el capitan
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‘Valley of Giants’ Anthologizes Legendary Female Climbers of Yosemite

Lauren Delaunay Miller’s ‘Valley of Giants’ book collects a wide range of stories from pivotal women in Yosemite climbing history — with fresh perspectives from Lynn Hill, Liz Robbins, Beth Rodden, and more.

Let’s be frank: Women climbers have crushed it in Yosemite just as much as the guys.

Lynn Hill changed the world with a visionary climb and a clever three-word statement when she made the first free ascent of the Nose of El Capitan in 1993. But her feat constituted a highlight in a long lineage of influential women climbers in the Yosemite Valley, rather than an aberration from it.

Now, climber and writer Lauren Delaunay Miller seeks to tell the whole story in one epic shot.

“Valley of Giants” consolidates key episodes in Yosemite women’s climbing history. In it, you’ll find journal excerpts, original essays, interviews, archival materials, and essential firsts that cover “the past century of climbing” in the modern hub of the sport.

The book rounds up 40 contributors spanning multiple eras. It includes legends like Bea Vogel, who forged her own gear in a primordial era of climbing we’ve all but lost. It also folds in perspectives from the sport’s first female stars, when the media first drew widespread attention to climbing in the ’90s. Lynn Hill, Steph Davis, and Beth Rodden all contribute.

Mari Gingery, one of the first women to climb “The Shield” on El Cap, writes in the foreword that “the stories feature a medley of intrepid female characters” who “offer fresh perspectives.” From available excerpts and descriptions, the writing can range from experiential to inquisitive to wrenching.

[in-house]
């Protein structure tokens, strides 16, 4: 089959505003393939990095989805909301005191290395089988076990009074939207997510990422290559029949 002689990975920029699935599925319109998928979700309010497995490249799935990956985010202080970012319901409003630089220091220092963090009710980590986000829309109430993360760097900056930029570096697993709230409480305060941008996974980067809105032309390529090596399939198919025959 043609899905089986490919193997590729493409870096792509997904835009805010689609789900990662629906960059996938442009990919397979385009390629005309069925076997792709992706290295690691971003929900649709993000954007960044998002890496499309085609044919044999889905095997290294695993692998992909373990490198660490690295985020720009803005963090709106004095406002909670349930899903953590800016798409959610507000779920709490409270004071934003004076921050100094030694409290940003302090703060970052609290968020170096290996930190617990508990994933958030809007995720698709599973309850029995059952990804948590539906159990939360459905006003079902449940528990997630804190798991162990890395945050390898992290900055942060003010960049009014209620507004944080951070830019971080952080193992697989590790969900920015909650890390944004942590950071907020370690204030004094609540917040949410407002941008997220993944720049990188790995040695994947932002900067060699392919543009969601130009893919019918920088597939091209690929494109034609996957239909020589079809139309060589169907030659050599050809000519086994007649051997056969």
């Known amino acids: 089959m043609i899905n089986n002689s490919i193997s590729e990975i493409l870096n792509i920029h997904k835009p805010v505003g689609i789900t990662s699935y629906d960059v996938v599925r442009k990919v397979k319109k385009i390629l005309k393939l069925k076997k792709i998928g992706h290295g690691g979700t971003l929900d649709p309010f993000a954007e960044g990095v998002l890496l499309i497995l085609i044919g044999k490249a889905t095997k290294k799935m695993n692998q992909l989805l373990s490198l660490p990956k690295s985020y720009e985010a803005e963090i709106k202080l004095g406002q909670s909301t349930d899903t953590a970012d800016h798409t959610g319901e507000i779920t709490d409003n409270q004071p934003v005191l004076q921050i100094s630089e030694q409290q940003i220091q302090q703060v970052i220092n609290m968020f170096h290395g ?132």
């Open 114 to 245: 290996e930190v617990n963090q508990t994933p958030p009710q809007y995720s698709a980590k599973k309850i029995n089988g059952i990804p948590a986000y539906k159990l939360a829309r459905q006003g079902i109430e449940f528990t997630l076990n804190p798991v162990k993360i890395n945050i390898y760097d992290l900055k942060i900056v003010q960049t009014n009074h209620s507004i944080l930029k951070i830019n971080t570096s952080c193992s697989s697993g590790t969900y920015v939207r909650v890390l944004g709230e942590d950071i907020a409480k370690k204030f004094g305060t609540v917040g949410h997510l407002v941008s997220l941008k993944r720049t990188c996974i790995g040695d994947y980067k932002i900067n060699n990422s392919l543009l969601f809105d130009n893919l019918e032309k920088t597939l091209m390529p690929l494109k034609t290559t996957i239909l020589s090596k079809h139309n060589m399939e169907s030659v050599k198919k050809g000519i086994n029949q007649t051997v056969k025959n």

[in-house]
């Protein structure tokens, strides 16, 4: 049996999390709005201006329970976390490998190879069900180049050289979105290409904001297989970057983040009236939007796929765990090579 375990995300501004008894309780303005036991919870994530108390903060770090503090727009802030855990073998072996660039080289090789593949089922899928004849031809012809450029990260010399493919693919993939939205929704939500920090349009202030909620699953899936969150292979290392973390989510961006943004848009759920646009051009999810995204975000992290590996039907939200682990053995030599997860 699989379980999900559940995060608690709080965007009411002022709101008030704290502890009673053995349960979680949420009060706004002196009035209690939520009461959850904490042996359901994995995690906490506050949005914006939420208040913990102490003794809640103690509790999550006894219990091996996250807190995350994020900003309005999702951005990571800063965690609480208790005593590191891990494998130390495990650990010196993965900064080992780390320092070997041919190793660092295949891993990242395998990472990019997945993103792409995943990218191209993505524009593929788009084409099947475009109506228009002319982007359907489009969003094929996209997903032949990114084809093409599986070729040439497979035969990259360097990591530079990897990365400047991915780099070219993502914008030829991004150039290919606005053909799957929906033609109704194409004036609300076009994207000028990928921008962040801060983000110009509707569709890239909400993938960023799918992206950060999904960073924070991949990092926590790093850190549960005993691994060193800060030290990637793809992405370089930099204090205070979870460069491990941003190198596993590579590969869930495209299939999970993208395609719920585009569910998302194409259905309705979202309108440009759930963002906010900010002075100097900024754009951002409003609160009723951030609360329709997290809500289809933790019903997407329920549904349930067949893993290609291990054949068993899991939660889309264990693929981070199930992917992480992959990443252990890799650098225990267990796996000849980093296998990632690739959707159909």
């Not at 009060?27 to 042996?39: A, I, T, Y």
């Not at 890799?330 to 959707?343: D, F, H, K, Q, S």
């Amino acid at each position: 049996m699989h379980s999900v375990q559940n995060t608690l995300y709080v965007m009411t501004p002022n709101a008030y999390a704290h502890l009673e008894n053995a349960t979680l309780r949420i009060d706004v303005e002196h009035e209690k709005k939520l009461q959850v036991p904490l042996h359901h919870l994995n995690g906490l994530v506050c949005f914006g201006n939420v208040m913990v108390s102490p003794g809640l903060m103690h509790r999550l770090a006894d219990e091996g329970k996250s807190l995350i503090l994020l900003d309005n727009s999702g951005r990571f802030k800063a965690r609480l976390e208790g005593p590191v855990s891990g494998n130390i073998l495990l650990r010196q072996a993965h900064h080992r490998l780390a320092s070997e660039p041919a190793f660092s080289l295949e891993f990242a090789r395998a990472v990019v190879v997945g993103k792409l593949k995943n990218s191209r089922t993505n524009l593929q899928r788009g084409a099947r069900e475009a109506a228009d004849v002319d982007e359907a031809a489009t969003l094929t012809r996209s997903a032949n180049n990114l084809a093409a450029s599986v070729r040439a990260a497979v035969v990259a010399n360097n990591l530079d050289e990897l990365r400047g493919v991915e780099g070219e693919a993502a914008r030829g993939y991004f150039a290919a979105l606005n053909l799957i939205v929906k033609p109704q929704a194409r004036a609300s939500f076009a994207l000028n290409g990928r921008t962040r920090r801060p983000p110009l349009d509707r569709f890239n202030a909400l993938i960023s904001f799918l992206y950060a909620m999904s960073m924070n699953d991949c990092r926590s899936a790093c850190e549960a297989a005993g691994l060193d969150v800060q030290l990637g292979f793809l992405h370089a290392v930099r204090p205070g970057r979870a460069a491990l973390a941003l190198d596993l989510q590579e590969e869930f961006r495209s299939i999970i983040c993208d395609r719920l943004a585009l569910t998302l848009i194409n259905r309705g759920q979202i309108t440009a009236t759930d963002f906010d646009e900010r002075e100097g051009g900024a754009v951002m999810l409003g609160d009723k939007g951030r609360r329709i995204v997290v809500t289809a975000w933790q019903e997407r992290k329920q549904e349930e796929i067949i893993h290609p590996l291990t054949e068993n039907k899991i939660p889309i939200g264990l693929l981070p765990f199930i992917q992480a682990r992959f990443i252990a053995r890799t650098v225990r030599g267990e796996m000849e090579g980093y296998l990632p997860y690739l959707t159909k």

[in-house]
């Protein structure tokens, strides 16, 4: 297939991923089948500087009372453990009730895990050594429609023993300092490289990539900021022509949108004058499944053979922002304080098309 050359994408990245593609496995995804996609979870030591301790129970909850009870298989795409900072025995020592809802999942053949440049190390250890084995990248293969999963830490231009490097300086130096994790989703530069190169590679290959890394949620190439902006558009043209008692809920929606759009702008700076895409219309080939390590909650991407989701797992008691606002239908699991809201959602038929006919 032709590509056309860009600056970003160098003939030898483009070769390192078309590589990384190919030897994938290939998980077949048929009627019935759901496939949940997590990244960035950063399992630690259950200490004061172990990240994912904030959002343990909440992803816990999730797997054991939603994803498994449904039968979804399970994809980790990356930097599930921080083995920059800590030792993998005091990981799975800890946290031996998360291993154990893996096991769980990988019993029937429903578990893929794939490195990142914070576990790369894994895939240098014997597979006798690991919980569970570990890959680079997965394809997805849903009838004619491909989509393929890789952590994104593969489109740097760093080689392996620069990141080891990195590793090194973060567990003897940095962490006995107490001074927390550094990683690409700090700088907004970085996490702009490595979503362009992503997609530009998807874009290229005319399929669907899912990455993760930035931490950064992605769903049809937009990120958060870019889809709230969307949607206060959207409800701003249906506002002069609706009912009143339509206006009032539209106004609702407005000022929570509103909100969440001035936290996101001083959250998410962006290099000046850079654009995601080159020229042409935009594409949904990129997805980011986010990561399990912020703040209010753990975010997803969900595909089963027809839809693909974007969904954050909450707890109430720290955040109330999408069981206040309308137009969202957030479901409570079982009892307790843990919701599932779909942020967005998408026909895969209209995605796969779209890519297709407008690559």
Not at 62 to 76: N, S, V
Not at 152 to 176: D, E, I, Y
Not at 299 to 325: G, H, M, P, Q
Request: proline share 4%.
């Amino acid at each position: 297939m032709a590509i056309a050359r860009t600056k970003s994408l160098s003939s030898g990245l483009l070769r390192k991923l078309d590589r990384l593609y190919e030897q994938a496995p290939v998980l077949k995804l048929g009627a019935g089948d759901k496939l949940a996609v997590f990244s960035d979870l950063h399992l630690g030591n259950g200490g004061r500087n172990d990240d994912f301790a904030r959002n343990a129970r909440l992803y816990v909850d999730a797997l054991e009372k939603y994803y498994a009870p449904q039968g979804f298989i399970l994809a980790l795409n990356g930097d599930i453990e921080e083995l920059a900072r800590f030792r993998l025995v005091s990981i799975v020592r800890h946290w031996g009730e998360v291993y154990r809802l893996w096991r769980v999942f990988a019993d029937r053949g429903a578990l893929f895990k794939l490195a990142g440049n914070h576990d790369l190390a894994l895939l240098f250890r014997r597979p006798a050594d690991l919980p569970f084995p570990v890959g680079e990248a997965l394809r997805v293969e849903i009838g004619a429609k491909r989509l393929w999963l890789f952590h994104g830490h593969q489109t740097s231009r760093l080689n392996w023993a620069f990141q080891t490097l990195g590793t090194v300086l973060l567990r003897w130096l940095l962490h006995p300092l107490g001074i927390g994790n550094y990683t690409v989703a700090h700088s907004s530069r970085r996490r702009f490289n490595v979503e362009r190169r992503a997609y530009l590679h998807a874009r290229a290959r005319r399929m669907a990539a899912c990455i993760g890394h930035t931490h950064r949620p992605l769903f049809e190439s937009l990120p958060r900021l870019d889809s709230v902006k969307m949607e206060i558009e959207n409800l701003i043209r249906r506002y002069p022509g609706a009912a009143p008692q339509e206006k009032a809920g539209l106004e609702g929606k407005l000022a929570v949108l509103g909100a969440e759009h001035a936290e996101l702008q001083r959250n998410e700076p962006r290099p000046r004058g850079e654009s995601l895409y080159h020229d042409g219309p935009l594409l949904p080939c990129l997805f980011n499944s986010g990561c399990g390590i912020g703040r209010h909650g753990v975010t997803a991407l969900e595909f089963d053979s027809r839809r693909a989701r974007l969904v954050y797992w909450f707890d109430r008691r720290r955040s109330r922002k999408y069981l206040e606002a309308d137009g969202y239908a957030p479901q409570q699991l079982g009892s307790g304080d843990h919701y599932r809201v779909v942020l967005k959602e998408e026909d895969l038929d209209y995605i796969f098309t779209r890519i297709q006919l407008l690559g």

‘Is It Worth It?’: Book Excerpt

Josie McKee, an Edelweiss athlete and motivational speaker, contributed a piece titled “Is It Worth It?” She writes:

We wanted to know: How fast can we climb the Nose? Right then and there, about one-third of the way up a 3,000-foot face of granite, my choices were fueled by this curiosity. Decisively, I pulled the last cam out and kept moving. The best I’ve ever moved. Fingers in the familiar crack, in just the right position, toe on this crystal, core tight, reach to the next hold, sensing each grain of rock. Focused, present, in flow. Perfect. Fast.

Her climbing partner is Quinn Brett. If you’re squeamish about injuries or don’t like thinking about freefalls, you might want to skip the grim details of what happens next.

Instead, you could fast-forward to focus on McKee’s reflections as she debriefs the accident:

As the weeks passed, I tried to climb again. I suffered from visions of falling. A body (her body, my body?) falling through the air. I cried while top-roping and could find zero motivation for climbing. What is the point of doing something so dangerous? I began to ask: Is it worth it? How could any of it be worth what happened to Quinn? I had never stopped to question if I should do these things or why I wanted to do these things. I just wanted to know what I was capable of. And I still wanted to know what I was capable of.

Spoiler alert? She’s still exploring what it means to find out.

And so are many of the women of “Valley of Giants,” the first Yosemite Valley climbing anthology focused on women. You can pick up the book now from various sellers for around $20.

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Sam Anderson

Sam has roamed the American continent to follow adventures, explore natural wonders, and find good stories. After going to college to be a writer, he got distracted (or saved) by rock climbing and spent most of the next decade on the road, supporting himself with trade work. He's had addresses in the Adirondack Mountains, Las Vegas, and somehow Kansas, but his heart belongs in the Texas hill country.